Mon, Jul

“No Kill” Policy is Blamed for the Brutal Dog Attack on LA Animal Services Supervisor Leslie Correa


ANIMAL WATCH - At the June 10, 2023, L.A. Animal Services Commission meeting, GM Staycee Dains identified the tragic Pit Bull-Dogo Argentino attack on shelter supervisor Leslie Correa as the impetus for a new protocol. This protocol aims to ensure that dogs are not kept in overly stressful conditions, living in crates, deprived of care, attention, and exercise, and injuring themselves and others—in the name of "No Kill."

This “temporary change” will also include a policy for euthanizing animals that are obviously physically and mentally suffering and deteriorating under these conditions and cannot be adopted or fostered because of the threat to the safety of humans and/or other animals and the City’s liability.

This change in LAAS policy also reflects growing concern over the increasing number of court cases with millions of dollars in settlements resulting from the release of an animal that causes extensive damage to the adopter, a relative, or another victim.

Dogs displaying behavior indicating a severe FAS reaction (fear/stress/anxiety) to long-term shelter confinement in crates, with inadequate exercise or other enrichment in an understaffed shelter, will be put on a list allowing them to be taken by a “rescue” within three days, after which they will be euthanized. Animals on this list will only be released to registered non-profit rescues and New Hope Partners.

Is This Real or a Ploy to Increase the Budget?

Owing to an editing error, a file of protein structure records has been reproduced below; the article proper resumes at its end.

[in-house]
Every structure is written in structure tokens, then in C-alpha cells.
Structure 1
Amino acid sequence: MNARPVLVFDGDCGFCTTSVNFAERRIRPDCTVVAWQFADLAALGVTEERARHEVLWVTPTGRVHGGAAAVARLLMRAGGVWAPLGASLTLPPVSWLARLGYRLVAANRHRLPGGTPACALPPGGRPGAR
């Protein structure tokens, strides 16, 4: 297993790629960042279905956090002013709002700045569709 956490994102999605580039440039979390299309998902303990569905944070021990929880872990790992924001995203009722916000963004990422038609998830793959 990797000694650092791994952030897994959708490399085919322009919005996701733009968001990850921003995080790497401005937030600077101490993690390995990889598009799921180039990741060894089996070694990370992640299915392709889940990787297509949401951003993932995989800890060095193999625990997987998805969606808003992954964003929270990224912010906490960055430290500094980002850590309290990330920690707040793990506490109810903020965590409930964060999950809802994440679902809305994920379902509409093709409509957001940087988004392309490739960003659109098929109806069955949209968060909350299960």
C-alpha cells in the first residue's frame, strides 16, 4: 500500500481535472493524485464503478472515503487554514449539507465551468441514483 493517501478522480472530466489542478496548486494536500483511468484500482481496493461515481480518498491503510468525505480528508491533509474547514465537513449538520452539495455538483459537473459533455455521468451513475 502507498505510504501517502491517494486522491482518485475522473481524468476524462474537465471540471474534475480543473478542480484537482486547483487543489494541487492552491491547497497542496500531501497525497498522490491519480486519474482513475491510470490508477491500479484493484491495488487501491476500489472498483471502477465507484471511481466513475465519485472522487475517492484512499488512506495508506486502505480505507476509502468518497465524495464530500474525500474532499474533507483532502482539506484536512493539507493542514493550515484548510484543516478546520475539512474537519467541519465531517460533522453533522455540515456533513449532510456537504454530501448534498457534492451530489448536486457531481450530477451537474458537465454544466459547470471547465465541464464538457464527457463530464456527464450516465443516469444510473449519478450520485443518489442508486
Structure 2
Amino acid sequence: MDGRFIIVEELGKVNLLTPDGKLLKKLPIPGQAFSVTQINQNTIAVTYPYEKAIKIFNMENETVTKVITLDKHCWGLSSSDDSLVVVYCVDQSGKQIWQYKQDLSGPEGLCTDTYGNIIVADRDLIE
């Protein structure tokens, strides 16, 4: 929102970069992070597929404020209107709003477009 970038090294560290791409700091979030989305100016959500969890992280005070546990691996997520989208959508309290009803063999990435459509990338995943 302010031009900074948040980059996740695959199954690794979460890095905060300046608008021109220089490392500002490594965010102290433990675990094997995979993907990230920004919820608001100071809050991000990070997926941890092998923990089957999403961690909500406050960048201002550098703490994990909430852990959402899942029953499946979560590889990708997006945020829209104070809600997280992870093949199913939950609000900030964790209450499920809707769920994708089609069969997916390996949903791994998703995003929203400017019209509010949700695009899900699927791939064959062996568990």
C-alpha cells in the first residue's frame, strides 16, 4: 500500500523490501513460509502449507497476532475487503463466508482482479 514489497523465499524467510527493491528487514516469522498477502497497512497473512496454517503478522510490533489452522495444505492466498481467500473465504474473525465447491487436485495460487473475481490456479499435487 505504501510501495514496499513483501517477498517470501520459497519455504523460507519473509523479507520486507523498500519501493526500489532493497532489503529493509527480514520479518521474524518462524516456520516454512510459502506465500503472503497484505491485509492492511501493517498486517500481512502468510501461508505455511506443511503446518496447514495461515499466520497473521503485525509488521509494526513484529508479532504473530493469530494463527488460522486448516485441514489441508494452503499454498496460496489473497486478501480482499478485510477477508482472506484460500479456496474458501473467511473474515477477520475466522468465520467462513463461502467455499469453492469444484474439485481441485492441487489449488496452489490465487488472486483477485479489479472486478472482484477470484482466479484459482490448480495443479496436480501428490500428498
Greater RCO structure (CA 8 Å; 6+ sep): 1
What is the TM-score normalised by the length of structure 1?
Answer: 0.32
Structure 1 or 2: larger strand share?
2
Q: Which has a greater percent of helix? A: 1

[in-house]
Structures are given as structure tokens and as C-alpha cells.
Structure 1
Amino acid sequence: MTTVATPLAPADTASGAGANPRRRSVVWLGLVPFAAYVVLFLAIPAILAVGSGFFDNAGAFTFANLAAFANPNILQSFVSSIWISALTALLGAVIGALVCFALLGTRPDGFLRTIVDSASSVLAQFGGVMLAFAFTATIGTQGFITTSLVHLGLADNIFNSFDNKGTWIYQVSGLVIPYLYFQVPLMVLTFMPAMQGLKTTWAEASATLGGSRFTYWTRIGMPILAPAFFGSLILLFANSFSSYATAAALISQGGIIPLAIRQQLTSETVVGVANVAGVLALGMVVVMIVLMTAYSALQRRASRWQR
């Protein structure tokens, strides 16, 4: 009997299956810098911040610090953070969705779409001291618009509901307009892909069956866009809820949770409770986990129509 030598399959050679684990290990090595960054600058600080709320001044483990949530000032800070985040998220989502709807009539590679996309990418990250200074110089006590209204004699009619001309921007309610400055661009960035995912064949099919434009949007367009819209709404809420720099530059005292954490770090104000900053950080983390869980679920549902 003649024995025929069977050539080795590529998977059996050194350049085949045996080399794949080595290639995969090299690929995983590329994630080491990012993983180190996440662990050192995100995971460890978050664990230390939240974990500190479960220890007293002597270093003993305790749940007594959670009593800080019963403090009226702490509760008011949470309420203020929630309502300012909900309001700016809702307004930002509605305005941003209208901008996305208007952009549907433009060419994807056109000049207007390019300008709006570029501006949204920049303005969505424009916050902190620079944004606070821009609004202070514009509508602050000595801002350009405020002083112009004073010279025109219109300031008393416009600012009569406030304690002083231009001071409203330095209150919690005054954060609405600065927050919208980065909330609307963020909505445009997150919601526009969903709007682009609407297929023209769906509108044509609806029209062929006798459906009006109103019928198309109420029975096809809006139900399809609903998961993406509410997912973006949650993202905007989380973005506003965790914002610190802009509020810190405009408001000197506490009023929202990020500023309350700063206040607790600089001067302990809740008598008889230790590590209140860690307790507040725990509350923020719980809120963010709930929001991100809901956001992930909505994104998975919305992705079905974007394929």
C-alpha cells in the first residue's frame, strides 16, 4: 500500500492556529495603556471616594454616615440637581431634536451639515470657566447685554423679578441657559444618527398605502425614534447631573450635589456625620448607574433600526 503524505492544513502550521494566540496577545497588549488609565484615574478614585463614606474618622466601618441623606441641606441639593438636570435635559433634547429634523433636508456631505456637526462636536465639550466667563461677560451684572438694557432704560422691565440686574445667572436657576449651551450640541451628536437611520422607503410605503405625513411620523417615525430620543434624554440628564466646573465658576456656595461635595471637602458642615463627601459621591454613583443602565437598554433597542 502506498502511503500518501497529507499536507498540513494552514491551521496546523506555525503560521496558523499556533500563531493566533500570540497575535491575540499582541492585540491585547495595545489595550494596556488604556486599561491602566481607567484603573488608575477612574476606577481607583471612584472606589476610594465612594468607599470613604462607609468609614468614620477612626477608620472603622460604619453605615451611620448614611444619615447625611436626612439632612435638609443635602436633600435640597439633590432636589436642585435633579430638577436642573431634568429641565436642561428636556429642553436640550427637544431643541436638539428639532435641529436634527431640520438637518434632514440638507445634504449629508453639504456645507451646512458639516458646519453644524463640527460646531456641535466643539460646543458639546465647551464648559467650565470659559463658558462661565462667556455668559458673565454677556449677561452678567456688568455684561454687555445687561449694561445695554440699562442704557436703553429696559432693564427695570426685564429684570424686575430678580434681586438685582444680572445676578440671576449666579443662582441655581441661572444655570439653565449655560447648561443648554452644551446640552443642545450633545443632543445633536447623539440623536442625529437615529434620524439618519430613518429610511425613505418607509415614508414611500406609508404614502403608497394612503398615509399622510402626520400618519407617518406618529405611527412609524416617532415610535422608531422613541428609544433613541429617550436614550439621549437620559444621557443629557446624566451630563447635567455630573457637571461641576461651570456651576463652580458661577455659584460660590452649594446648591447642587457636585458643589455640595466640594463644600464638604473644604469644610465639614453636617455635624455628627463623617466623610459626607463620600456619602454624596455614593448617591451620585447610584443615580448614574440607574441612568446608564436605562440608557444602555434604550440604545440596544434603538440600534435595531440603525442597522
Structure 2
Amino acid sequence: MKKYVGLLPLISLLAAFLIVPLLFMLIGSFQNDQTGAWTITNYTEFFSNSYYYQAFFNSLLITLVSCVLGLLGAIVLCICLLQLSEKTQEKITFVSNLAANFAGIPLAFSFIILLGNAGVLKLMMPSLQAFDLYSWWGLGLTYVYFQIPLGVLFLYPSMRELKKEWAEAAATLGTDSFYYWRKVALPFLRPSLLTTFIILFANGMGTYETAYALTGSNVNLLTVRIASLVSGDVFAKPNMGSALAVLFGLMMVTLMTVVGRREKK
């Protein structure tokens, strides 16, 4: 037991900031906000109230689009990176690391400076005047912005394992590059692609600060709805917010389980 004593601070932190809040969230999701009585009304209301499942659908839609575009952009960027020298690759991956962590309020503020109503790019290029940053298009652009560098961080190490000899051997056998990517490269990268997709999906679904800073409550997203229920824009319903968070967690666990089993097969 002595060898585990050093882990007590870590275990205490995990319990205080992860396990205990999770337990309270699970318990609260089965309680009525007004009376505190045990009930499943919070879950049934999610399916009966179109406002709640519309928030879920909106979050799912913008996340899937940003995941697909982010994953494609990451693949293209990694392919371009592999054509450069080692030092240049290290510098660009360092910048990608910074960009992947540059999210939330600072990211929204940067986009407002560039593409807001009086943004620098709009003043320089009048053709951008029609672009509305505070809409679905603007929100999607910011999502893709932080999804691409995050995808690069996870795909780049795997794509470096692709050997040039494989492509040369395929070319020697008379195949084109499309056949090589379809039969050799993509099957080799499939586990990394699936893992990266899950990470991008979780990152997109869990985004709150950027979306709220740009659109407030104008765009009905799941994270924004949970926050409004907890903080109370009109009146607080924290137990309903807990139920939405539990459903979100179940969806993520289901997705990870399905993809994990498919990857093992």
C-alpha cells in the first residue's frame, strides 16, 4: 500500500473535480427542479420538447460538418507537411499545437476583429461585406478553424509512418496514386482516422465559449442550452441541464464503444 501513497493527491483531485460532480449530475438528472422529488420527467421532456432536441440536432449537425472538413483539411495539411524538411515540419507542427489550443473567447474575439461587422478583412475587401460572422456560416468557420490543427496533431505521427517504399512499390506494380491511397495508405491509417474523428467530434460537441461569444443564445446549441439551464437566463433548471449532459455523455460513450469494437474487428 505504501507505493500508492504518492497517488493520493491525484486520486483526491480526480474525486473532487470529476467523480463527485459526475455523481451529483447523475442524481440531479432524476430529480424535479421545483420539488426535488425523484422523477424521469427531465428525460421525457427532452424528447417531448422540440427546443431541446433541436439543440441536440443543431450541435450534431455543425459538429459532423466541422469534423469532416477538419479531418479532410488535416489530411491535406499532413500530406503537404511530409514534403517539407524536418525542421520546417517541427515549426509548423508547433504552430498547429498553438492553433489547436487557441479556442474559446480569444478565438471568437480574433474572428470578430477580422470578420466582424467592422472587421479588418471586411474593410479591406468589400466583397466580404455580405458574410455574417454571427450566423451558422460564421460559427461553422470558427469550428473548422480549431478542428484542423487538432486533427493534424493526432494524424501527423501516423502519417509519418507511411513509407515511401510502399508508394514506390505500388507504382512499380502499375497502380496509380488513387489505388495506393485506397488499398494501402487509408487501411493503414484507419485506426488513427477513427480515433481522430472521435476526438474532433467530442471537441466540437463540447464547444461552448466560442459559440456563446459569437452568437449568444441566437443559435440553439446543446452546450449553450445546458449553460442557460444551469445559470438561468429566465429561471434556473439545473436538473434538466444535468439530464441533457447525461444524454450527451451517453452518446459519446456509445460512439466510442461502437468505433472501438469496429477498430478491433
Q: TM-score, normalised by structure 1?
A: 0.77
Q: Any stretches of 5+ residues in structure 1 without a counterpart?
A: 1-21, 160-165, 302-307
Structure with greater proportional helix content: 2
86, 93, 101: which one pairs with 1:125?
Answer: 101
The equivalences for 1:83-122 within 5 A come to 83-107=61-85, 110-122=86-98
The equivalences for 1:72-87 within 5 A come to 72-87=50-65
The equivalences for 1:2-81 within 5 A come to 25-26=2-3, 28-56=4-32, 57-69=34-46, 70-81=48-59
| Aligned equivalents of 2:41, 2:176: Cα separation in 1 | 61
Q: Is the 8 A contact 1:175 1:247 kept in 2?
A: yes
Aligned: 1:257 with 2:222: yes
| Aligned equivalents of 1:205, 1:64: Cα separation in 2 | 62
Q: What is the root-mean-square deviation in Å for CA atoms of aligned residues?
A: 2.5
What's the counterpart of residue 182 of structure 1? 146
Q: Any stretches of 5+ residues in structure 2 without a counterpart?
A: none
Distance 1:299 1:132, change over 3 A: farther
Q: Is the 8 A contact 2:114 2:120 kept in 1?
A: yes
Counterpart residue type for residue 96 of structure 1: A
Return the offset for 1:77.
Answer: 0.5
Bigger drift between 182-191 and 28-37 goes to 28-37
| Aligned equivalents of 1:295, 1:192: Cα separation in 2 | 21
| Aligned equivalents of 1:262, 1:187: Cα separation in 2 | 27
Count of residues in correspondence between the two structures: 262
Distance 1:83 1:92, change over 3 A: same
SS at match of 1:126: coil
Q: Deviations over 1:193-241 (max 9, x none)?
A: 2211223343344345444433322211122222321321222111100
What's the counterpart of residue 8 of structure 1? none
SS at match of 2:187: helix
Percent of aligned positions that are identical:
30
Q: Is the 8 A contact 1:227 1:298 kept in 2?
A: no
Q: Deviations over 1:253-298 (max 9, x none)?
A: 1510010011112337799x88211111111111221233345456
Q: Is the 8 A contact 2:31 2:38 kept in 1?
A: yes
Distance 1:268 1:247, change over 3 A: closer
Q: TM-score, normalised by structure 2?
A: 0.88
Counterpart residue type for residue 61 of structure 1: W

This announcement came after the Department’s Finance Office reported a long list of cuts to fund programs and staffing of L.A. Animal Services. The GM also recently requested the elimination of the graveyard shift staffing, which would leave animals alone even more.

At a recent meeting, a commenter stated that the entire budget for the Department, which cares for all the city’s unwanted, lost, stray, ill, and abandoned animals, receives less than 1/2 of one percent of the City’s total budget.

It is hard to tell whether the return to the former longstanding policy of humane euthanasia is a ploy to arouse a campaign by “rescuers” and the public to increase the LAAS budget or a serious concern about health and safety, emphasized by the recent attack on Shelter Supervisor Leslie Correa.

Attack Shook the City

This plan would mean the end (or at least a suspension) of the “No Kill” claim made by Best Friends Animal Society regarding Los Angeles and would undoubtedly ruffle some political feathers. LAAS GM Dains commented that she had spoken to Leslie after the attack, and the veteran supervisor “wants change, and she wants it now.”

Animal Shelter Supervisor Leslie Correa, whose life was spared only by fighting with the dog, said she found and grasped a brick that she used to inflict enough damage to stop the 63-pound Pit Bull. She had not been able to contact the front desk due to the poor quality of the City radios.

Supervisor Correa Fought for Her Life

At the Commission meeting, GM Dains briefly mentioned the valiant fight by Leslie Correa against the Dogo Argentino named Brie, who suddenly attacked her without warning while she was alone with her in a kennel at the Harbor Animal Shelter.

A Brick Saved Her